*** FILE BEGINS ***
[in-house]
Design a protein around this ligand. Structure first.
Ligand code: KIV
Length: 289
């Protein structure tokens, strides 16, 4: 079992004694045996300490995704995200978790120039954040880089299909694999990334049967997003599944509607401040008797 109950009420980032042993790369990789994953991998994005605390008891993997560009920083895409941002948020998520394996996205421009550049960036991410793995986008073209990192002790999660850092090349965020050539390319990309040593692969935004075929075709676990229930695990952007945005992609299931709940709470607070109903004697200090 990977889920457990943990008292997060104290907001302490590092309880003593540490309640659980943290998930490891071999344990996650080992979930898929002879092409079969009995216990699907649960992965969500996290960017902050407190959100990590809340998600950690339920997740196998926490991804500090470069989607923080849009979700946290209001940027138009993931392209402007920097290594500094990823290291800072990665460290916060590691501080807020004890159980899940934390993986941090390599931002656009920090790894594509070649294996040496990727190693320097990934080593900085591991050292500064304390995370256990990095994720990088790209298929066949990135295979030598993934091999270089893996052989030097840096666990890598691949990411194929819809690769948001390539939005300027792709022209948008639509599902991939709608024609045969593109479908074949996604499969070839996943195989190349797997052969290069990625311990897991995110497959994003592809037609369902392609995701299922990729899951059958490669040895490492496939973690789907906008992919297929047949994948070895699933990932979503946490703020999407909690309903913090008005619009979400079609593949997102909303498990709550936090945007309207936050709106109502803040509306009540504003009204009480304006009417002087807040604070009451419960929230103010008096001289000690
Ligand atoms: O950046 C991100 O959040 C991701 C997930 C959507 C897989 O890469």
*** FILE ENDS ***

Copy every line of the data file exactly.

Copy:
[in-house]
Design a protein around this ligand. Structure first.
Ligand code: KIV
Length: 289
């Protein structure tokens, strides 16, 4: 079992004694045996300490995704995200978790120039954040880089299909694999990334049967997003599944509607401040008797 109950009420980032042993790369990789994953991998994005605390008891993997560009920083895409941002948020998520394996996205421009550049960036991410793995986008073209990192002790999660850092090349965020050539390319990309040593692969935004075929075709676990229930695990952007945005992609299931709940709470607070109903004697200090 990977889920457990943990008292997060104290907001302490590092309880003593540490309640659980943290998930490891071999344990996650080992979930898929002879092409079969009995216990699907649960992965969500996290960017902050407190959100990590809340998600950690339920997740196998926490991804500090470069989607923080849009979700946290209001940027138009993931392209402007920097290594500094990823290291800072990665460290916060590691501080807020004890159980899940934390993986941090390599931002656009920090790894594509070649294996040496990727190693320097990934080593900085591991050292500064304390995370256990990095994720990088790209298929066949990135295979030598993934091999270089893996052989030097840096666990890598691949990411194929819809690769948001390539939005300027792709022209948008639509599902991939709608024609045969593109479908074949996604499969070839996943195989190349797997052969290069990625311990897991995110497959994003592809037609369902392609995701299922990729899951059958490669040895490492496939973690789907906008992919297929047949994948070895699933990932979503946490703020999407909690309903913090008005619009979400079609593949997102909303498990709550936090945007309207936050709106109502803040509306009540504003009204009480304006009417002087807040604070009451419960929230103010008096001289000690
Ligand atoms: O950046 C991100 O959040 C991701 C997930 C959507 C897989 O890469």